And as far as economic development, I want to work with our business community on their struggle with the staffing shortage. I want to reduce the cumbersome fees that we often implement in the city that prevent economic growth.
When I was the deputy mayor, I supported Housing First, the idea that we house people while providing supportive services. They are gaining rental history. They are getting support so that we are moving them away from poverty and into a sustainable home where they and their children can thrive. We built a couple of Housing First buildings in Madison on the west side and east side. They are functioning really well. That's something I would like to support while also supporting our current homeless shelters because they provide valuable space. Porchlight is an amazing organization that does good work in our community.
I want to do a separate analysis on identifying gaps in transportation needs for vulnerable communities who have to get to work. The south and north sides of Madison are significant gaps.
What other unmet needs are in the Madison community?
Education is one of my priorities as well. A strong educational system supports a strong and resilient city. Without a strong public school system, we're not able to move forward as a city. There has to be a strong connection between city government and school district administration. I don't know what that would look like at this point, but it has to be a strong relationship with the school district to help support their needs, and ways in which the city can elevate, particularly around the areas of youth homelessness. Also making sure that students have the opportunity to explore the trades, so that when they get out of high school and they're not interested in going into a four-year college, there's an alternative.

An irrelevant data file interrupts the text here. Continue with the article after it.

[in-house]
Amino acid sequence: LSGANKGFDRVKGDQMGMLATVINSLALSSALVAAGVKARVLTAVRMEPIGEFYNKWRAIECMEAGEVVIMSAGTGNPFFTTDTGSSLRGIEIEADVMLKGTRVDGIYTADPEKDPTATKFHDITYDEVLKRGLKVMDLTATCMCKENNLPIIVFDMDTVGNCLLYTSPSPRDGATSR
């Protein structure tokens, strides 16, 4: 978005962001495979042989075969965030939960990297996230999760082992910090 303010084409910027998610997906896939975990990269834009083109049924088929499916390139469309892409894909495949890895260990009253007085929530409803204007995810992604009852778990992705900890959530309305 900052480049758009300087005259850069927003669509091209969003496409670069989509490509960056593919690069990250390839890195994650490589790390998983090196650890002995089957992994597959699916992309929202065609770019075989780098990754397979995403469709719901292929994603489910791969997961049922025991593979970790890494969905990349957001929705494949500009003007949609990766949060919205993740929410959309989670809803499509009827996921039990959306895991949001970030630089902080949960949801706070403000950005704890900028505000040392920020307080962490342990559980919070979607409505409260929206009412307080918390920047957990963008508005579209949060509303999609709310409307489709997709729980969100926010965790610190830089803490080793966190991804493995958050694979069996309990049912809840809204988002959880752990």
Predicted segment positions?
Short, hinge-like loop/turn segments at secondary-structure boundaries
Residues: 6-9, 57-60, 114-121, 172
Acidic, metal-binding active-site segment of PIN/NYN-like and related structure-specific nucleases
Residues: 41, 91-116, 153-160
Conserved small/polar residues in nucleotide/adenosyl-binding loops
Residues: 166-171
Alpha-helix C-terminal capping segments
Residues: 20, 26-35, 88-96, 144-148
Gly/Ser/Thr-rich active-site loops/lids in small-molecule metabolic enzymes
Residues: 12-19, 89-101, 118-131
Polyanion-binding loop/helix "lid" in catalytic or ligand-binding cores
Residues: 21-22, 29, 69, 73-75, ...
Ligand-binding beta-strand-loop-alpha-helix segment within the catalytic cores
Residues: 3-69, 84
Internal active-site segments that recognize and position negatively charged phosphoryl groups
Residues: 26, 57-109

What would you do differently than Mayor Rhodes-Conway?
I'm a collaborative leader. I would bring experts and residents who are most impacted by a decision together to solve some of our complex issues. I'm not going to work under my own sort of sphere of thoughts and experiences. I'm going to gain experience and ideas from the residents of this community. I will move with a sense of urgency on public safety. Right now, we're not elevating or talking about public safety. There's not a high-level leader who is bringing people together to not only protect residents but also ensure we're not losing our young people to the criminal justice system. I would ensure that we are centering ourselves around equity in making decisions. That is not currently happening right now.
How will your previous experiences influence your work as mayor?
We need somebody right now that has experience working and leading within city government while also working with communities. Because I have that experience, I'm able to bring that into a leadership role as mayor. Our most vulnerable youth will most likely stay in this city. They will work in this city. They will raise a family in this city. It's important to invest in them today rather than having to pay into the future.
Through my experience with Briarpatch Youth Services, I have a good understanding of what the challenges are and how we build the capacity to help our young people. We have to support our nonprofit organizations from a health and wellness standpoint and invest in them.
What other qualifications make you a good candidate?
I'm a woman of color. I’ve experienced poverty and homelessness. I’ve experienced struggle growing up in a hard-working, blue-collared family. Those experiences I’ve brought along throughout my professional career and will bring as the mayor of this city. Lived experience is important in understanding what other people are experiencing. Having empathy in this role is so important.